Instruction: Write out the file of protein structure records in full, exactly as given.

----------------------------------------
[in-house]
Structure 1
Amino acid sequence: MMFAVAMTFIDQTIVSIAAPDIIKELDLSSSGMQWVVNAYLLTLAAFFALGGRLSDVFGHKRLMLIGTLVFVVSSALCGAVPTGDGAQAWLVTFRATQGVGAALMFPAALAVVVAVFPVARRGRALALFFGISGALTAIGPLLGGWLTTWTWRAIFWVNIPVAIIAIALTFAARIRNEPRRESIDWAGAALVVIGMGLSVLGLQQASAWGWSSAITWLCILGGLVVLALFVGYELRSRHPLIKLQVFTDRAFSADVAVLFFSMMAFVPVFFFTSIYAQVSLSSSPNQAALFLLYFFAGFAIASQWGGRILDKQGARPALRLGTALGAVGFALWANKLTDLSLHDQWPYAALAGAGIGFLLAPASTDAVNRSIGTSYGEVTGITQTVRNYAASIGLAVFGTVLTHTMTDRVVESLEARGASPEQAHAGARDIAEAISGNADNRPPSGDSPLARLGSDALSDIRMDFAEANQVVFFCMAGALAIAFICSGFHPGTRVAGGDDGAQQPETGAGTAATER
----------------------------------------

[in-house]
Structure 1
Amino acid sequence: MMFAVAMTFIDQTIVSIAAPDIIKELDLSSSGMQWVVNAYLLTLAAFFALGGRLSDVFGHKRLMLIGTLVFVVSSALCGAVPTGDGAQAWLVTFRATQGVGAALMFPAALAVVVAVFPVARRGRALALFFGISGALTAIGPLLGGWLTTWTWRAIFWVNIPVAIIAIALTFAARIRNEPRRESIDWAGAALVVIGMGLSVLGLQQASAWGWSSAITWLCILGGLVVLALFVGYELRSRHPLIKLQVFTDRAFSADVAVLFFSMMAFVPVFFFTSIYAQVSLSSSPNQAALFLLYFFAGFAIASQWGGRILDKQGARPALRLGTALGAVGFALWANKLTDLSLHDQWPYAALAGAGIGFLLAPASTDAVNRSIGTSYGEVTGITQTVRNYAASIGLAVFGTVLTHTMTDRVVESLEARGASPEQAHAGARDIAEAISGNADNRPPSGDSPLARLGSDALSDIRMDFAEANQVVFFCMAGALAIAFICSGFHPGTRVAGGDDGAQQPETGAGTAATER